Wednesday, May 18, 2011

Will They Have Boudin in Heaven?

Houma Louisiana April 1980

Casey is coming around the bend pretty fast. This is vampire country, right out of an old Anne Rice novel with big old trees bearded with moss and weird little Cajun towns. These twisty old roads that run along the bayou Black were made for a nice little sports car but not some clunky old Chevy Suburban with big boxes of flowers loaded in the back. I think this road would be spooky at night, but right after a heavy rain its steamy swampy thickness is suffocating and suffused with spring flowers. Casey is laughing and telling me a story about something, but I’m only half listening, because I’m thinking about God. I had a really deep prayer in the morning service and I have this feeling of God watching over me.

Casey whips around a bend, with the slow moving bayou Black on the right and on the left an old tree is hanging half over the road, heavy with blossoms and Spanish moss. Casey has his head turned to tell me the punch line of his story and we hit the bend hard.

The pavement is covered with these soggy pink blossoms that have been trodden into mush by all the passing traffic. Me, the old Minnesota boy, the old camp hand at driving in iron range blizzards, feels it before it happens. We’re hitting this curve all wrong.

On the other side of the big tree is a country store of some kind with a rusty “Chesterfield” cigarette sign and a chalkboard advertising home made boudin, which is a kind of Cajun rice and spicy meat sausage. I just love boudin.

The Chevy sails straight off the road, smack down the river bank at a good forty or fifty miles an hour.

When these things have happened to me, I’ve always found that your life doesn’t pass in front of your eyes. That’s bullshit. Anybody in mortal danger watching his life pass in front of his eyes isn’t going to be paying attention to the right things. You should be thinking and looking intuitively for the “out”. The trouble is, if you’re in the passenger seat of a car, or even a big airliner, there’s not a lot you can do, except sit like a little lamb and stay out of the way while the guy at the controls tries to solve his little problem. You don’t grab at stuff. You don’t cry out to God. You don’t cry out to your mama. Sometimes you laugh. Cussing helps, but only if you don’t normally cuss that often.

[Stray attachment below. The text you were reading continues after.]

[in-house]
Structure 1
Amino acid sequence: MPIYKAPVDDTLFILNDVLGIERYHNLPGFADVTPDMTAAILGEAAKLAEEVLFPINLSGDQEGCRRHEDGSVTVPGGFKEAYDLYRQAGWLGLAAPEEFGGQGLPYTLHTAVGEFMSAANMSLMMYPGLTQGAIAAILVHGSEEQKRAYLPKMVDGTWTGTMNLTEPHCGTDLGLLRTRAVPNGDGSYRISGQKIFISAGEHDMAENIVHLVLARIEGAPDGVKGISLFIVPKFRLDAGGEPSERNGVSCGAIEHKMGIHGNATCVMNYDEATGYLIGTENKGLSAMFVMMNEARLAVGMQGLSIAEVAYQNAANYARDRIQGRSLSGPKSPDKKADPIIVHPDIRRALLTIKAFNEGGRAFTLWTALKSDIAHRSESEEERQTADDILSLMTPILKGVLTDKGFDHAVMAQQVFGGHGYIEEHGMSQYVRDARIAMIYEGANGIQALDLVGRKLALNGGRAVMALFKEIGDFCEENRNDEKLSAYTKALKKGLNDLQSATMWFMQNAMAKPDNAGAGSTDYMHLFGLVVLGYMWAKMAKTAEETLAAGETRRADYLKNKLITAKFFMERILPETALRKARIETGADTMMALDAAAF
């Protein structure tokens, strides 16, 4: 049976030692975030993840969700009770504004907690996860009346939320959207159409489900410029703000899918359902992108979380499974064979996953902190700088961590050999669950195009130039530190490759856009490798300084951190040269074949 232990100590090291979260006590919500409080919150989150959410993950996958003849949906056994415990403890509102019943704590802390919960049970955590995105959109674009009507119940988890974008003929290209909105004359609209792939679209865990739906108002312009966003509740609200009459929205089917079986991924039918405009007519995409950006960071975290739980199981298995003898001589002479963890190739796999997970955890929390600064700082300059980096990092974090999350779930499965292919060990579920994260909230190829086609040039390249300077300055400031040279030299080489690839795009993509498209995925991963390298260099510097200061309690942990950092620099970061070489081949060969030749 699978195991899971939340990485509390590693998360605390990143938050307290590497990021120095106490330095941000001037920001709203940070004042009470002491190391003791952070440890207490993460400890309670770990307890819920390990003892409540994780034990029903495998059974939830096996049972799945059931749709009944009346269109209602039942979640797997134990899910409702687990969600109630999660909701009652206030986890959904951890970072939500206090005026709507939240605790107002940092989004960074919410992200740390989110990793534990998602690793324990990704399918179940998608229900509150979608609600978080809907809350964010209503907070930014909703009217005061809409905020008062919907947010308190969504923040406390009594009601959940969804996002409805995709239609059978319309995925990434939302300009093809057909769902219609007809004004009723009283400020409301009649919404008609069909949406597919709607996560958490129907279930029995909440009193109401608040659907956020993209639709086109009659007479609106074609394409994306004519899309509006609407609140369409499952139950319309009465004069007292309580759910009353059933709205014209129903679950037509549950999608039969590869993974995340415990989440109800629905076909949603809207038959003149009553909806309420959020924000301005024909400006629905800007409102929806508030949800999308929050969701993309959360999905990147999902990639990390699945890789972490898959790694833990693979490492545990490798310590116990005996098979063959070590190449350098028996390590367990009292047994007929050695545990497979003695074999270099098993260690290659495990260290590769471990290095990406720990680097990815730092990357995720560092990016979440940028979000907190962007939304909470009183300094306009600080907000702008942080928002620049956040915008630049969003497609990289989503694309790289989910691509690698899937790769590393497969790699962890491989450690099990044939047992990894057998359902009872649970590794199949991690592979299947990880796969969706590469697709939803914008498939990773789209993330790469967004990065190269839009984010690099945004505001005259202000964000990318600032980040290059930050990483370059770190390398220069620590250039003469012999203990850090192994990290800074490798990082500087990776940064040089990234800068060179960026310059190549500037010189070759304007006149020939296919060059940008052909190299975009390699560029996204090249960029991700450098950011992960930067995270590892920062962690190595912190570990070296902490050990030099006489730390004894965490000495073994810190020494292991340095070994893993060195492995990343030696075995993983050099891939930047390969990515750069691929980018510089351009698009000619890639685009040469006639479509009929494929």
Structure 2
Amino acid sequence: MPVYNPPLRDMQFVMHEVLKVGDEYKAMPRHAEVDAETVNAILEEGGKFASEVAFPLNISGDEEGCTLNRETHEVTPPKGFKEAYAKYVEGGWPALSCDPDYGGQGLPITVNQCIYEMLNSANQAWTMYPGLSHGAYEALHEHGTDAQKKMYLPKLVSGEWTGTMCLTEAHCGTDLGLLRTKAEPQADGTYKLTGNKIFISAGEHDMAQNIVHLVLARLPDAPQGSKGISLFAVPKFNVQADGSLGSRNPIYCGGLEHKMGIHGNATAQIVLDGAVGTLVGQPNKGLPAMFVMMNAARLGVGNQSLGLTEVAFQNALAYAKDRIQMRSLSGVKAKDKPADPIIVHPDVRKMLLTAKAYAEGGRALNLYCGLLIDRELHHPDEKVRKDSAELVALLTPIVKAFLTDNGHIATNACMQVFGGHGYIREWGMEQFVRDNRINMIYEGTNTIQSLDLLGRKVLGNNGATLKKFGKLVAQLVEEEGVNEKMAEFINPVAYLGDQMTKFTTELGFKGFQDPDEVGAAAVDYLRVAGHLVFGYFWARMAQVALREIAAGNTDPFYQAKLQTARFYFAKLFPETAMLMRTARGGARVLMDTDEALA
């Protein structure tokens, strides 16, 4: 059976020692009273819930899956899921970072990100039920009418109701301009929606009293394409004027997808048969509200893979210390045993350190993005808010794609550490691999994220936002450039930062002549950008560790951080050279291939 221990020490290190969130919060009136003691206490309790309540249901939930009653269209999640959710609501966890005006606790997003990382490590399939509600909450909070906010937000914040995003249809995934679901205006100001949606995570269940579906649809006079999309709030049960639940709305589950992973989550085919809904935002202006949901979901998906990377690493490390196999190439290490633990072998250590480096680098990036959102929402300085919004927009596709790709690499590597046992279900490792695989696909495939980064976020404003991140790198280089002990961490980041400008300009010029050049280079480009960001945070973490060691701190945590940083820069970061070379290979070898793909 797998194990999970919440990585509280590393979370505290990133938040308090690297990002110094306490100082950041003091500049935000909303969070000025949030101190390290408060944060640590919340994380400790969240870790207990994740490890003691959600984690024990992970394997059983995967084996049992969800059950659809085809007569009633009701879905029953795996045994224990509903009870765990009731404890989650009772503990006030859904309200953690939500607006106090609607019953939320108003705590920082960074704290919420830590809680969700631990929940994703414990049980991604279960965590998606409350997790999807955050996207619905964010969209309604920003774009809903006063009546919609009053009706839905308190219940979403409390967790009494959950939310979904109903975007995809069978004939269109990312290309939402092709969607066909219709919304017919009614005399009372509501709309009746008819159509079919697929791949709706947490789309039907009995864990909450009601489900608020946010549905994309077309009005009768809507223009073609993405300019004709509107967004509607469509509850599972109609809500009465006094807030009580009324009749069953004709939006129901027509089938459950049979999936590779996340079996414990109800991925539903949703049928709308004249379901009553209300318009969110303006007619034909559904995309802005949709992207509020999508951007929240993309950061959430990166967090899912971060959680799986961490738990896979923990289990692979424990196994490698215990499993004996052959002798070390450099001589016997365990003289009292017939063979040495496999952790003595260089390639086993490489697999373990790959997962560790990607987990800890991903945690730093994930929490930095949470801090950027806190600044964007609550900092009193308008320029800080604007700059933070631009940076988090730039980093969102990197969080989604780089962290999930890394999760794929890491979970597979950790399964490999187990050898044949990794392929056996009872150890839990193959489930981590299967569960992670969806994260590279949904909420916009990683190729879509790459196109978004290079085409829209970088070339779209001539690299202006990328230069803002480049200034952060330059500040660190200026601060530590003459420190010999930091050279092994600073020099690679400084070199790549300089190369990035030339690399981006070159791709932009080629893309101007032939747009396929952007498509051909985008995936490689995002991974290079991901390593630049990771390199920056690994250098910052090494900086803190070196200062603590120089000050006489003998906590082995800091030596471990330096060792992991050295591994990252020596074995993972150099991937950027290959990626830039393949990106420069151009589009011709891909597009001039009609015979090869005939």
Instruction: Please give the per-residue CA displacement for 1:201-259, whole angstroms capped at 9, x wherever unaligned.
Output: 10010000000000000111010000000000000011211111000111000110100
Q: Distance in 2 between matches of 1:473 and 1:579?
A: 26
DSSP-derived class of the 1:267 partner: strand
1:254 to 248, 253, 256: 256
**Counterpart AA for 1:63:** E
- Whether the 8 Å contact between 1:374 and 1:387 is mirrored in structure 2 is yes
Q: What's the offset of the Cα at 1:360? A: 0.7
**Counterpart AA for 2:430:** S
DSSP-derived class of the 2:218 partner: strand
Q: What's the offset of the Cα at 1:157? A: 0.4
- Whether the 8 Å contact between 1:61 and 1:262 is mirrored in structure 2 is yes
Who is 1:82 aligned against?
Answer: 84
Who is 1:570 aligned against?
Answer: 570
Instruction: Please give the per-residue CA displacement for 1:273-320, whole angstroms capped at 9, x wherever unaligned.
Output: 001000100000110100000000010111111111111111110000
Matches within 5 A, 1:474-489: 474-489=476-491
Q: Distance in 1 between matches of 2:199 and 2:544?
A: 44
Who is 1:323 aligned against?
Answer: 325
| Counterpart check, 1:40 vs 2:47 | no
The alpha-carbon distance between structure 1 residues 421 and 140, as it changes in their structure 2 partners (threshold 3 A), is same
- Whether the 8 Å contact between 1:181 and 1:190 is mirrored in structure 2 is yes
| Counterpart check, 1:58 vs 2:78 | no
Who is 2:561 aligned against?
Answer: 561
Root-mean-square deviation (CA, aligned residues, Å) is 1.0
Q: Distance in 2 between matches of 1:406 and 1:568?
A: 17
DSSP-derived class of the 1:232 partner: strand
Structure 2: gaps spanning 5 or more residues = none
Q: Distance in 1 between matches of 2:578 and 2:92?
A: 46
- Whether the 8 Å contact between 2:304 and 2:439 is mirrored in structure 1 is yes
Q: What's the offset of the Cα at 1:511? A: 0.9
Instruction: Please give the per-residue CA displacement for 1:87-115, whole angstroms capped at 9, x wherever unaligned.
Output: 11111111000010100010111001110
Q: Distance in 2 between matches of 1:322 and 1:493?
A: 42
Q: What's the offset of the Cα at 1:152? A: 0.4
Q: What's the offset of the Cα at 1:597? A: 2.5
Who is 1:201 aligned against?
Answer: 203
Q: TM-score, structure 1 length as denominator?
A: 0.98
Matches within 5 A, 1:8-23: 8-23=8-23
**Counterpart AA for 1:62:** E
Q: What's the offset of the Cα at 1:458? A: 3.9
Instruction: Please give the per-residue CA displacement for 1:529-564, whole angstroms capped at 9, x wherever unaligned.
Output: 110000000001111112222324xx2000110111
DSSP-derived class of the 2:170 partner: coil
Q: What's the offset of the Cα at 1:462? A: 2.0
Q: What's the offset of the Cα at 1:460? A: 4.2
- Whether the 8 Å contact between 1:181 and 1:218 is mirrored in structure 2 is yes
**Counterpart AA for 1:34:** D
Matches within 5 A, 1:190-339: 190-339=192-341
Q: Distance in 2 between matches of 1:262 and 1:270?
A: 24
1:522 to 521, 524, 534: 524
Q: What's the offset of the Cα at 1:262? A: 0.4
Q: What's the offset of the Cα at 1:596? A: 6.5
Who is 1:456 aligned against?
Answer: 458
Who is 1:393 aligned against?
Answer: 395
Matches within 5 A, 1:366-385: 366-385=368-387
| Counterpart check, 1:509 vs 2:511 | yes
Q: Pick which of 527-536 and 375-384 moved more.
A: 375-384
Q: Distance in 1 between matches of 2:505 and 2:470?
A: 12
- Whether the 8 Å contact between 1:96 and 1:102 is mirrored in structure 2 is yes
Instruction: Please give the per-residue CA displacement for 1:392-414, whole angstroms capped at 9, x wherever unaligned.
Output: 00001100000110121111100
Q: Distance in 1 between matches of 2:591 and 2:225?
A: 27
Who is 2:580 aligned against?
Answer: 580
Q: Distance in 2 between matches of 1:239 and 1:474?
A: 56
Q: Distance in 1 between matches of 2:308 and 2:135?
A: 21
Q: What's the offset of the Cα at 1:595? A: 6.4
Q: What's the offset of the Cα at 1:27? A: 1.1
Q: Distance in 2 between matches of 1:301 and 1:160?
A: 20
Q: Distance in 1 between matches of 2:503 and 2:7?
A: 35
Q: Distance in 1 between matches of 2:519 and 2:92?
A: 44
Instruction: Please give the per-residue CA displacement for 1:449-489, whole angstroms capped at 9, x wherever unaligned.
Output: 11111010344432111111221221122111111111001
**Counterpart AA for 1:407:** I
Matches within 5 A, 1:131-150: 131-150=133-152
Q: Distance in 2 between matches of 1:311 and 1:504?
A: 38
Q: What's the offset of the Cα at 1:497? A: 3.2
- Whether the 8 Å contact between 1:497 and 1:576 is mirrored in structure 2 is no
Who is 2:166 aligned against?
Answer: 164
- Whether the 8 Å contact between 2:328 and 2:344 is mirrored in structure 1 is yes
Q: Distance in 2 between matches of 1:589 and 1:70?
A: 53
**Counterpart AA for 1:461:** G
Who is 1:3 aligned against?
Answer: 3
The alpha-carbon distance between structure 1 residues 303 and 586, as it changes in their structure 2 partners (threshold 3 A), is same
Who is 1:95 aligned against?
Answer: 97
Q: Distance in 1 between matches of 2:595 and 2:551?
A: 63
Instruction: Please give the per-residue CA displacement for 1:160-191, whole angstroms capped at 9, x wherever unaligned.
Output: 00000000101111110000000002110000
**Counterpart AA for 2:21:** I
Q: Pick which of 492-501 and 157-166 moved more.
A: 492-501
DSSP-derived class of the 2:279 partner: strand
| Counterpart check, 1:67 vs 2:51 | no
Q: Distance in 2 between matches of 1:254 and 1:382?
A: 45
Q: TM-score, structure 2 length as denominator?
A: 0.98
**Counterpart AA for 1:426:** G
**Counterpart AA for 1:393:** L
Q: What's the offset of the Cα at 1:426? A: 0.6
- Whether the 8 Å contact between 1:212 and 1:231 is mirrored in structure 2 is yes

Casey who never cusses is going “Whoa! Whoa! Aw fuck!” When I hear that last word I know its serious. What really does happen is your mind slows down. That much is really true. At least it is for me. I’m a survivor by nature. My whole central nervous system is on high alert looking for the one hole in this situation that will get us out of this mess, as we fishtail down the river bank at a sixty degree angle and Casey is yelling “Fuck!” and all my brain is focused with Zen master precision on this moment. But what the left side of my brain is thinking is “Golly Moses. We’re hitting this fast. I wonder if we’re going to tip over?”

As if I had acquired mysterious telekinetic powers the car responds by tipping up on its right side wheels. The left side is airborne. And we haven’t lost any speed and Casey is whacking the brakes with both feet like a pogo stick trying to wrestle this beast to the ground, and the Minnesota boy in me is wondering if that’s really the right thing to be doing in a skid. Meanwhile I’m also thinking “Gosh all fish hooks. It looks like we’re going to tip over. We’re heading for the water. I wonder if we’re going to flip into the water too?”

The right wheels careen over something big in the grass and now they’re airborne too as the car barrel rolls upside down, four wheels up in mid air and still traveling with the drive wheels howling as we sail out over the water. “Wowie Zowie,” I’m thinking as the shore disappears behind us. “That’s really something there. I don’t think this is going so good. No. We’re not getting out of this. Hope we don’t die. Well. Here we go.”

The flying, inverted Chevy suburban belly flops in the current, flat on its roof as we dangle upside down in our seat belts like a goofy carnival ride. The impact compacts the roof violently, instantly crushing the windshield. A blast of upside down glass and funky swamp water rushes in on us.